The building permits for 200 affordable apartments to rise on the western portion of Mission Bay Block 7, fronting Fourth Street between China Basin and Mission Bay Boulevard North, were issued last year.
And according to a plugged-in source, the ground for the four-story development – a development which has been waylaid for years, in part due to the dissolution of San Francisco’s Redevelopment Agency – will be broken in April and the building should be ready for occupancy in September 2016.
Originally intended to be developed by UCSF, which would have provided occupancy preferences for UCSF employees, the project is now being developed by Related California along with the Chinatown Community Development Center. The project will target households with incomes averaging up to 60 percent of the Area Median.
And while UCSF families will no longer be given any specific preferences for securing an apartment, employees of universities and health care institutions in San Francisco will be given a general preference for 50 of the project’s 200 units.
An overview of the Block 7 West development which was designed by David Baker + Partners:
The Project will be a significant 230,000 square foot mixed-use building with an interior courtyard at both grade and podium level. The building will be bounded on the west by 4th Street, on the north by China Basin Street, on the south by Mission Bay Boulevard North, and on the east by a private walkway, or pedestrian mews. Because of the large size of the lot, the design uses variations in massing to break up the building into distinct components.
The west portion of the Project that fronts 4th Street is four stories of residential uses above a ground floor podium that accommodates the project’s retail and parking. Retail is located along the 4th Street frontage and wraps around the corner at Mission Bay Boulevard North. This corner serves as the focal point of the project — located across from UCSF — and uses variations in materials — including Cor-ten steel siding, galvanized metal siding, and steel and composite lumber awnings — variations in colors, and various sized projections on upper floors to distinguish it from the rest of the project which features smooth-troweled cement plaster in four color variations. The retail includes glass storefronts and includes locations for future signage to create an interesting pedestrian experience.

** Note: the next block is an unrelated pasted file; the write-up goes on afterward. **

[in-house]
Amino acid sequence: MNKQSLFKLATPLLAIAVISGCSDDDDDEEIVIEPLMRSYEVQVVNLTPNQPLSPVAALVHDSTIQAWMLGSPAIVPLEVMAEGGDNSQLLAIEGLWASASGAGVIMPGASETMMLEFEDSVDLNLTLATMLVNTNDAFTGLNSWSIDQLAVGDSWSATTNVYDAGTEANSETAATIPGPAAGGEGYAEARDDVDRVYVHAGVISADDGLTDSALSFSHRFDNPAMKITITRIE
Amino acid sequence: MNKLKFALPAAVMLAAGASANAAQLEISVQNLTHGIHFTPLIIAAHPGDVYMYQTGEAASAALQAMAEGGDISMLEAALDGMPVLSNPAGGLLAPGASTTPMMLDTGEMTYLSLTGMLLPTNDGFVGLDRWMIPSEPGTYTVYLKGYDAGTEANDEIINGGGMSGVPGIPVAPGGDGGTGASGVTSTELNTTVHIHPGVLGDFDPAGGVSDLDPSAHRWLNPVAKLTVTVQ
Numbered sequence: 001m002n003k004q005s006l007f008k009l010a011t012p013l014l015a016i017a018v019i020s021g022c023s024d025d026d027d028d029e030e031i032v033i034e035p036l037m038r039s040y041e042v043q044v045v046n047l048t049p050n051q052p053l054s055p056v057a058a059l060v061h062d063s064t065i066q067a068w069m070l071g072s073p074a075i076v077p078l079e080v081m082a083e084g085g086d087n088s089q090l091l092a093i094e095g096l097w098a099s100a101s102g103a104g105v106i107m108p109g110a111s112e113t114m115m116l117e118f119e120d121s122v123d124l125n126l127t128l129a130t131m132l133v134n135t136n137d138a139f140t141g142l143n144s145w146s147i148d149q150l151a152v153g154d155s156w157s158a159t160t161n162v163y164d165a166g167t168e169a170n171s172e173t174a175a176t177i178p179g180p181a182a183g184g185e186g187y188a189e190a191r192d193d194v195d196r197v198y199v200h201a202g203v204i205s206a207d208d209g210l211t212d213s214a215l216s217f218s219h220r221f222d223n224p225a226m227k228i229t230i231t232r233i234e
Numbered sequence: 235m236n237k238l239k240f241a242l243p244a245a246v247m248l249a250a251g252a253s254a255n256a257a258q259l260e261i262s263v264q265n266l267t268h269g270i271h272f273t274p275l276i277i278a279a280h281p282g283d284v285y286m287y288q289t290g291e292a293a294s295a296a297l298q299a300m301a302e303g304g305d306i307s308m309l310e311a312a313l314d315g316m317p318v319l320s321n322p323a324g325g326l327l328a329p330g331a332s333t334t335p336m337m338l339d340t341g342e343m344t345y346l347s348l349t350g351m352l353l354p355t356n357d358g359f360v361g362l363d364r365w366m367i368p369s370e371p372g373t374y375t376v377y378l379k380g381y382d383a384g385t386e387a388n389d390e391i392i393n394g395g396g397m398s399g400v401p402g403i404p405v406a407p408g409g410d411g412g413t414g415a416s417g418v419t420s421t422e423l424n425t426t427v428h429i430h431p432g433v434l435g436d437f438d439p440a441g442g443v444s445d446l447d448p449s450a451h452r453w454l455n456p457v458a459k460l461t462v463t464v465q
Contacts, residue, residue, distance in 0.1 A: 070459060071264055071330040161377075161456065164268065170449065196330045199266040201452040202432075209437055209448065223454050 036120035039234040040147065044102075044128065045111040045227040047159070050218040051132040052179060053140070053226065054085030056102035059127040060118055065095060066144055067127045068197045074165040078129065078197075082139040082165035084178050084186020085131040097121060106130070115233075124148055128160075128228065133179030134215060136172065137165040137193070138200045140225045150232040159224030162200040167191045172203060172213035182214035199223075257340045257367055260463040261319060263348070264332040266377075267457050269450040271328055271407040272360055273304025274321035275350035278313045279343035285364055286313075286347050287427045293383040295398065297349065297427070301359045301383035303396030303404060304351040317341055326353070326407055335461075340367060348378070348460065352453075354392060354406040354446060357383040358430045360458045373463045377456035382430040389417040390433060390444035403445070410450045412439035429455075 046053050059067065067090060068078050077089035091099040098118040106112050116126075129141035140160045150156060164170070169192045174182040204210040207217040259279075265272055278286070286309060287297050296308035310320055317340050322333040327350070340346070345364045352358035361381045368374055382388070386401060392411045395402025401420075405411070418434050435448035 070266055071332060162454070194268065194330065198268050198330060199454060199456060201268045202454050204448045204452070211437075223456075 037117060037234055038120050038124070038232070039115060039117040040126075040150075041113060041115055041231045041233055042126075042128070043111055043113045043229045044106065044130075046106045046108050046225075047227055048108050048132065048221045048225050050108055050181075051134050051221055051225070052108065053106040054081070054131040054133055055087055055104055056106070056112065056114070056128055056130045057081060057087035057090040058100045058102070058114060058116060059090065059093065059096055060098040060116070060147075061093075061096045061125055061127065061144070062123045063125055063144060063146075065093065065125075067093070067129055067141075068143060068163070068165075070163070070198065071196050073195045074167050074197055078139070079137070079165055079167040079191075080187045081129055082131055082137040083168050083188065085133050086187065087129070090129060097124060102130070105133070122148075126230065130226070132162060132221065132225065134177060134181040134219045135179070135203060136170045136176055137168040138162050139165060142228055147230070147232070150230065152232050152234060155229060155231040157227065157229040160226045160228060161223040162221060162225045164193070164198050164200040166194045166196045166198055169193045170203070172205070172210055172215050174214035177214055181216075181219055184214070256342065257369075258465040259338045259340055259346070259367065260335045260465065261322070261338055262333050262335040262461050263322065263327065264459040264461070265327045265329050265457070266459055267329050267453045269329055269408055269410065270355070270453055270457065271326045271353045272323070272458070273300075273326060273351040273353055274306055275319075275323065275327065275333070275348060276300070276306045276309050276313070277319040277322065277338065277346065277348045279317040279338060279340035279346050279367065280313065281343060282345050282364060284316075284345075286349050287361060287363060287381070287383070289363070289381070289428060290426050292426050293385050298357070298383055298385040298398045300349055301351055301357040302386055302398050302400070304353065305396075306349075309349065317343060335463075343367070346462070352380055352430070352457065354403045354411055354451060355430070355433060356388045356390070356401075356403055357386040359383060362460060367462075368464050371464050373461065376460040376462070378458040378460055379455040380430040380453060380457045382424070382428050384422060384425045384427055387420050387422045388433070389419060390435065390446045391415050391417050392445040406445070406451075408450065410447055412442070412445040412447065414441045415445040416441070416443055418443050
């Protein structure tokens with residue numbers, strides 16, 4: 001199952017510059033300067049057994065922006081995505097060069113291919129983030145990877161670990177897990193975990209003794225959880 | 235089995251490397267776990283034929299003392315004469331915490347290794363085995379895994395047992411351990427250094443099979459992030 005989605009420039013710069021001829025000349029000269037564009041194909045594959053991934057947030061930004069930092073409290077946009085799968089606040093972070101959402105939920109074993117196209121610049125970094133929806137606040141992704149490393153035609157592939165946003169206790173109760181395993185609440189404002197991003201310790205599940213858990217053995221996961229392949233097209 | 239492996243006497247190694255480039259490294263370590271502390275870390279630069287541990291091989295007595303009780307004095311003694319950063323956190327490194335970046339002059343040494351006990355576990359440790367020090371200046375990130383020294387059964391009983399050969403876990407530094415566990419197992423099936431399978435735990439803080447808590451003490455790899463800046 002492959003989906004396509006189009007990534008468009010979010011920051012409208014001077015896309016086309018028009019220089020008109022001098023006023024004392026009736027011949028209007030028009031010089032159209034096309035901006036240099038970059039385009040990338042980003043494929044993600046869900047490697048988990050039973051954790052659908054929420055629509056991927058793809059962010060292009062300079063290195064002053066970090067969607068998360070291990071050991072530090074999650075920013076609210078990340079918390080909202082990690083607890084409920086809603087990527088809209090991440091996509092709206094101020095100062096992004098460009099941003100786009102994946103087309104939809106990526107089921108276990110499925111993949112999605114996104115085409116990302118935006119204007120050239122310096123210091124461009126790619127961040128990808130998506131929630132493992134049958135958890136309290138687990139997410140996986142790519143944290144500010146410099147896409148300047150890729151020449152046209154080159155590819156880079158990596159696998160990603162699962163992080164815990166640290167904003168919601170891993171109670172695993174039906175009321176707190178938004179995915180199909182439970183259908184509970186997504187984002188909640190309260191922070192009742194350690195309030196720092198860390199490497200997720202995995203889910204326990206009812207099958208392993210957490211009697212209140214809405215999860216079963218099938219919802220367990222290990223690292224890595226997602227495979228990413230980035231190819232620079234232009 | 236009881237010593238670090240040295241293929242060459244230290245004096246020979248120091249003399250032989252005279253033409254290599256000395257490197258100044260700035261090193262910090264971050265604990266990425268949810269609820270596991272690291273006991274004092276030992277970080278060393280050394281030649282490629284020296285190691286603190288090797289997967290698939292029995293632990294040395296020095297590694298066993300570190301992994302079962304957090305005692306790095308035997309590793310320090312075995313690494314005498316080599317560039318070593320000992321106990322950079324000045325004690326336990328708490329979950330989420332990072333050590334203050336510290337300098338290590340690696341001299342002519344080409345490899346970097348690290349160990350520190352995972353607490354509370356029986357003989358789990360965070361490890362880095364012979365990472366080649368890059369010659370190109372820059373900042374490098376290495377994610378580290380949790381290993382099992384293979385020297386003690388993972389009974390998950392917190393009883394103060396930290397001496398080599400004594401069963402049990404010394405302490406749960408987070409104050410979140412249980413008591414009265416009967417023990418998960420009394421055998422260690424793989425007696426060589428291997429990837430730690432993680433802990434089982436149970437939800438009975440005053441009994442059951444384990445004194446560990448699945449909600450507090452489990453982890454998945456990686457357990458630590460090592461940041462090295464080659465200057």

The eastern portion of the building that is bounded by the pedestrian mews includes four stories of residential uses. The ground floor is set back 20 feet from the pedestrian mews and includes walk up residential units with stoops. The north side of the building features stoops leading to ground floor units, a secondary lobby to the residential component of the Project, and the entrance to the covered parking. The south side of the building also has stoops to street accessible ground floor units, the primary entrance to the residential component of the Project, and a break in the massing where the building’s 28,000-square-foot courtyard is visible from the street.
The internal courtyard is divided into two open space areas: approximately 9,000 square feet above the parking podium and approximately 14,000 square feet at-grade. Both spaces are programmed with walkways, planters, and small green open spaces. The podium-level courtyard features an open, turf covered area as a place where children can play, among other activities and the project is located a two block walk from a 1.12-acre Children’s Park that will be completed in late 2015.
The garage for the development will include parking for 52 cars and 306 bikes. And while rendered with a Bi-Rite on the corner, the grocery remains an “artist’s conception,” at least for now, but there will be over 10,000 square feet of retail space fronting Fourth Street.